In a sort of book report blog, I must tell you I've finished reading Anne Perry's latest, The Sheen on the Silk, and I am currently reading Deirdre LeFaye's The World of Jane Austen. I think the Byzantine mystery novel and the lit crit are related by my love of time travel. I do wish someone would invent a real time machine, but science fiction aside, books will do!
Anne Perry is a master at putting you into the historical setting of her novels. I've rarely read a modern author who is so good at making the characters seem as if a product of their time and not ours. In this one I especially like that the female characters are extremely strong and yet fit perfectly into the society and restrictions of the time, 13th century Byzantium.
(Small digression: I can't finish novels that try to superimpose political correctness and modern sensibilities on the past; one of my main objections to Caleb Carr's first two otherwise well-written historical mysteries is the overuse of profanity, especially by his female characters who are otherwise supposed to be in the New York upper classes--I just don't buy it when there was, at the time he's writing about, a fine for public use of profanity. Sue Grafton's heroine can swear all she likes; it fits with her character and time, but authors setting their stories in the past need to pay attention to how things usually were back then.)
One thing I especially like about this latest novel of Anne Perry's is the perfect and complete contrast between the two leading female characters. I hate to spoil the novel for anybody interested in reading it, but watching the two play off each other is a pure delight, while the tension gets pretty high when you start realizing how dangerous the one character really is. Another thing is that I love the politics and the encompassing side stories taking in what was happening all around the Mediterranean in those days. I love that all the details checked out accurately with my son's history text that we just finished, in which we had to study this period and place. The intertwining stories, the complexity of the good and bad characters--not one of whom are all good nor all bad--the symbolism of the sheen on silken cloth all create a novel that isn't easy to sum up and that lives up to its Byzantine setting by being elaborately complicated and many sided, like the society of that time according to historical documentation.
Deirdre LeFaye is one of my favorite Jane Austen critics because, similarly to Anne Perry, she has the ability to lead you far into the late Georgian and Regency settings of the world of Jane Austen's novels. This book, The World of Jane Austen, is encyclopedic in its coverage of everything there is to know about living in the world of southern England at the end of the eighteenth century and the beginning of the nineteenth. She has hundreds and hundreds, maybe a thousand, details explaining the background tied to quote after quote from the novels. It's like reading the ultimate annotated versions, but instead of interrupting your perusal of the story, you read all the background and then pick up the novels with all this extra knowledge in your head to help you appreciate even more the fine tuned wit of your favorite author and to live in her world for a time.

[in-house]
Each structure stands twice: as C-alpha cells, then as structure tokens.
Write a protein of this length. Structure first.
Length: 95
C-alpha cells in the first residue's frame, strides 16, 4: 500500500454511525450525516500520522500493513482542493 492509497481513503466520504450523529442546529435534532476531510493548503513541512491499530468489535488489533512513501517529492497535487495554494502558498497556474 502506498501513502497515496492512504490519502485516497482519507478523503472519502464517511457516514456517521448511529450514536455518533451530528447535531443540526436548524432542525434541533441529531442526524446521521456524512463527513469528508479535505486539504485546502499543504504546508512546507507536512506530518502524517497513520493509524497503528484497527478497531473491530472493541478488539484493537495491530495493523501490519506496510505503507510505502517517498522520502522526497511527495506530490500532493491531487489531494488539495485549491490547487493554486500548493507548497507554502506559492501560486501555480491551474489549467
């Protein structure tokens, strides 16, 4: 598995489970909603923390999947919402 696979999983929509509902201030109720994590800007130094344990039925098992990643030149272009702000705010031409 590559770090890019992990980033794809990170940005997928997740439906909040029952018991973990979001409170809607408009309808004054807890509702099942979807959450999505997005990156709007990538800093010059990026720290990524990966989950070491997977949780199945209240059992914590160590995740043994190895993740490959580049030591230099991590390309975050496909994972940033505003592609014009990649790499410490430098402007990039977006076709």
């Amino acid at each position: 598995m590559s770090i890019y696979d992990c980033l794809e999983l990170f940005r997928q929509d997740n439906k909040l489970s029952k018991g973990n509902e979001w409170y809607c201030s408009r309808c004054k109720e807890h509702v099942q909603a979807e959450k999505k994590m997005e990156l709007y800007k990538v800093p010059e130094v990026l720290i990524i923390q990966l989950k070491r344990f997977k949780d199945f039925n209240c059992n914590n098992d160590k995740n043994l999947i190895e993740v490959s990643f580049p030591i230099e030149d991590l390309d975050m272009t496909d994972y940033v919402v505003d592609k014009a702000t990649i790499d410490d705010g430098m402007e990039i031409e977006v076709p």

For example, after a detailed explanation of courtship customs of the time, she explains why the reader should start laughing at Emma's behavior toward Mr. Elton at the very outset of Emma's attempts to match him with her friend Harriet Smith. Jane Austen's contemporary readers would have instantly seen that Emma was setting herself up for the hilarious misunderstanding and would have enjoyed the building tension of that theme.
The book also explained something I wondered about: why in Pride and Prejudice and in Sense and Sensibility the heroes were always addressed by their last names alone and it seems normal to all the characters, while in Emma, when Mrs. Elton says "Knightly," Emma's offended reaction indicates the vulgarity of her abbreviating his name. This book explains the change in mode of address from the late 1790s when the first books were written to 1815 when the later books were written, and I have another of those "Oh, why didn't I think of that?" moments with the satisfaction of understanding it all now.
It makes me appreciate all the more Shannon Hales' excellent Austenland for evoking period and place while remaining firmly and amusingly in the present. There's nothing like going to the older authors for entering the past, but I am looking for more modern books that evoke period and place as well as Anne Perry. Anybody have suggestions?